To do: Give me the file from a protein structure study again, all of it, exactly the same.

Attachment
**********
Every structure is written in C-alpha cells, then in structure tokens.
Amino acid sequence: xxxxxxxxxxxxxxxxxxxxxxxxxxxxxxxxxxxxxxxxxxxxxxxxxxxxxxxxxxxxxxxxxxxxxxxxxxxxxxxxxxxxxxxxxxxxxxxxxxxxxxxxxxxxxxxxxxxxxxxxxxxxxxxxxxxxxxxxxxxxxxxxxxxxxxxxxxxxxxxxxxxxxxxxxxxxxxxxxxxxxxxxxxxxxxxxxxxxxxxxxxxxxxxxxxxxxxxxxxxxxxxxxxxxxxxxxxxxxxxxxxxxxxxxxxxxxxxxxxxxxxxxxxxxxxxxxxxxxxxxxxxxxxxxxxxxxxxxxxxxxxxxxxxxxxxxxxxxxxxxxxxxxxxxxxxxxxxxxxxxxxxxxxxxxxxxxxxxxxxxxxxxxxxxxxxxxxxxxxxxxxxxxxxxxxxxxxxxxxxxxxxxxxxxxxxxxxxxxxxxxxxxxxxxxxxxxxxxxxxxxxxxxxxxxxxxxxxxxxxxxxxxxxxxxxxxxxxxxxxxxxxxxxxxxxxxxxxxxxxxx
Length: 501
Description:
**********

Every structure is written in C-alpha cells, then in structure tokens.
Amino acid sequence: xxxxxxxxxxxxxxxxxxxxxxxxxxxxxxxxxxxxxxxxxxxxxxxxxxxxxxxxxxxxxxxxxxxxxxxxxxxxxxxxxxxxxxxxxxxxxxxxxxxxxxxxxxxxxxxxxxxxxxxxxxxxxxxxxxxxxxxxxxxxxxxxxxxxxxxxxxxxxxxxxxxxxxxxxxxxxxxxxxxxxxxxxxxxxxxxxxxxxxxxxxxxxxxxxxxxxxxxxxxxxxxxxxxxxxxxxxxxxxxxxxxxxxxxxxxxxxxxxxxxxxxxxxxxxxxxxxxxxxxxxxxxxxxxxxxxxxxxxxxxxxxxxxxxxxxxxxxxxxxxxxxxxxxxxxxxxxxxxxxxxxxxxxxxxxxxxxxxxxxxxxxxxxxxxxxxxxxxxxxxxxxxxxxxxxxxxxxxxxxxxxxxxxxxxxxxxxxxxxxxxxxxxxxxxxxxxxxxxxxxxxxxxxxxxxxxxxxxxxxxxxxxxxxxxxxxxxxxxxxxxxxxxxxxxxxxxxxxxxxxx
Length: 501
Description: